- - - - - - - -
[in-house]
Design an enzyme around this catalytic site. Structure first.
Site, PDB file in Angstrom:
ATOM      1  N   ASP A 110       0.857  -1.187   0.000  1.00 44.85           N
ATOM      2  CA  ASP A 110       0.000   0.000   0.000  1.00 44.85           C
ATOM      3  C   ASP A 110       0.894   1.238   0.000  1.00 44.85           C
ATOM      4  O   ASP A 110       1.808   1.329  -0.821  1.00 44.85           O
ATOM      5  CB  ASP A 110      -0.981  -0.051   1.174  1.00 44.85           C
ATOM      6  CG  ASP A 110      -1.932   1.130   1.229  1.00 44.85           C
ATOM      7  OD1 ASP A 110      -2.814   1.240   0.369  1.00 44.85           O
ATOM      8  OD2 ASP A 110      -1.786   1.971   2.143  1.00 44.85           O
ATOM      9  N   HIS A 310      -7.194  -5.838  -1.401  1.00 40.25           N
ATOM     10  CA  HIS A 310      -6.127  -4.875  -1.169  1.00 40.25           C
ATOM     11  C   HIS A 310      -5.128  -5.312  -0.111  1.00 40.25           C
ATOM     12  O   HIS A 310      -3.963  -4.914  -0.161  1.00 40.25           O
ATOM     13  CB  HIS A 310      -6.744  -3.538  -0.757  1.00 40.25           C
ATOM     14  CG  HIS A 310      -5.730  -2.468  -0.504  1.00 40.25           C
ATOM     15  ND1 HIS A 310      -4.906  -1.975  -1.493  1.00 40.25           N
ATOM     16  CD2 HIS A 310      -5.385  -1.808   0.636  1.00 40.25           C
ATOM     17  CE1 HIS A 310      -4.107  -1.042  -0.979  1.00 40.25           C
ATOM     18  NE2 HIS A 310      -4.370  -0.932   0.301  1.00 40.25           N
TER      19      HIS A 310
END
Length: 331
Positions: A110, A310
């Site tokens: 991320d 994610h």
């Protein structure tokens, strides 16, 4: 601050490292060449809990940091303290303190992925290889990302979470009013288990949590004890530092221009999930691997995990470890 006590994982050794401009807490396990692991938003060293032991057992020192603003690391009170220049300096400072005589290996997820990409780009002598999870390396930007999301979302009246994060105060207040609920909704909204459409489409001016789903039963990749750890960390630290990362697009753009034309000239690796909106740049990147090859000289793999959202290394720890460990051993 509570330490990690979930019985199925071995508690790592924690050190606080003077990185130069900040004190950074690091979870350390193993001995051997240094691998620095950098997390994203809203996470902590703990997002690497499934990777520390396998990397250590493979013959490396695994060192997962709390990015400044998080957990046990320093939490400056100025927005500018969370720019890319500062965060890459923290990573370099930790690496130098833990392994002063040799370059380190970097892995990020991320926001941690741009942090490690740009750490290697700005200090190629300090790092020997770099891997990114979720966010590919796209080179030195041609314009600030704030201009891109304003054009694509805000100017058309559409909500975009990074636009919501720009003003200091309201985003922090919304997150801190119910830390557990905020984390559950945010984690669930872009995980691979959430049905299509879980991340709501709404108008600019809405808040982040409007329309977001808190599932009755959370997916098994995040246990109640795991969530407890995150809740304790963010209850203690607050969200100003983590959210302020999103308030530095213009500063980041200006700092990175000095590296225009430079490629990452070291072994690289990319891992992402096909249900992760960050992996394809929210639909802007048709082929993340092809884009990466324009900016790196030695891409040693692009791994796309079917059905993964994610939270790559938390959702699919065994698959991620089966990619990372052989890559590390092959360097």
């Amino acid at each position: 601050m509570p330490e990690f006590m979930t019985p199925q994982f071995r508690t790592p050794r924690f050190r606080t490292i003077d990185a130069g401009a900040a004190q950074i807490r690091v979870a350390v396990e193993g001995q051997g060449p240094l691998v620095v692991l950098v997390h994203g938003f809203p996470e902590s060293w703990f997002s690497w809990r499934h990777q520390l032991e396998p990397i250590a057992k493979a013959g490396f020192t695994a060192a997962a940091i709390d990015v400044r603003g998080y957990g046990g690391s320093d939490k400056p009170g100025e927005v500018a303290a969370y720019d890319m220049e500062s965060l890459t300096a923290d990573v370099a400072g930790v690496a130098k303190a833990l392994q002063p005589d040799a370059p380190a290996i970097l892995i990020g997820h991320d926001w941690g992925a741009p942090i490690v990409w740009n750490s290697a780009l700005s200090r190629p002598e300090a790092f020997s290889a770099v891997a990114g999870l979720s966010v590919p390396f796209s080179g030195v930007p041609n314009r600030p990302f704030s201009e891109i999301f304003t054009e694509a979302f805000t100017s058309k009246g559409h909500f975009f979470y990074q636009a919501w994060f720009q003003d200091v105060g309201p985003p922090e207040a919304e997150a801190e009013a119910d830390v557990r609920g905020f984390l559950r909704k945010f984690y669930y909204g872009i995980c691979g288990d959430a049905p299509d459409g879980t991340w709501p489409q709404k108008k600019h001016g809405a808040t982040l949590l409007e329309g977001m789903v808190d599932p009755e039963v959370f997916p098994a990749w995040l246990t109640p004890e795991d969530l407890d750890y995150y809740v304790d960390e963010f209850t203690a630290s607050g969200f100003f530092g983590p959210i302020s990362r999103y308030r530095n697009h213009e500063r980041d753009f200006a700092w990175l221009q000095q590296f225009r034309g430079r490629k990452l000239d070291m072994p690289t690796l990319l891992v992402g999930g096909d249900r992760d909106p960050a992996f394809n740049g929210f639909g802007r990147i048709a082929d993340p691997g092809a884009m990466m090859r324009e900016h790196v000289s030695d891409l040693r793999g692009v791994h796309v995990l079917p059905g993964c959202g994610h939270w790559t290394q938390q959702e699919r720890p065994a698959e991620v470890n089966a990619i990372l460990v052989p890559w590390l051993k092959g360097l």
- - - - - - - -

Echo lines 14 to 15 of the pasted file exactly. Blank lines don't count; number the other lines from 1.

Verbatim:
ATOM     11  C   HIS A 310      -5.128  -5.312  -0.111  1.00 40.25           C
ATOM     12  O   HIS A 310      -3.963  -4.914  -0.161  1.00 40.25           O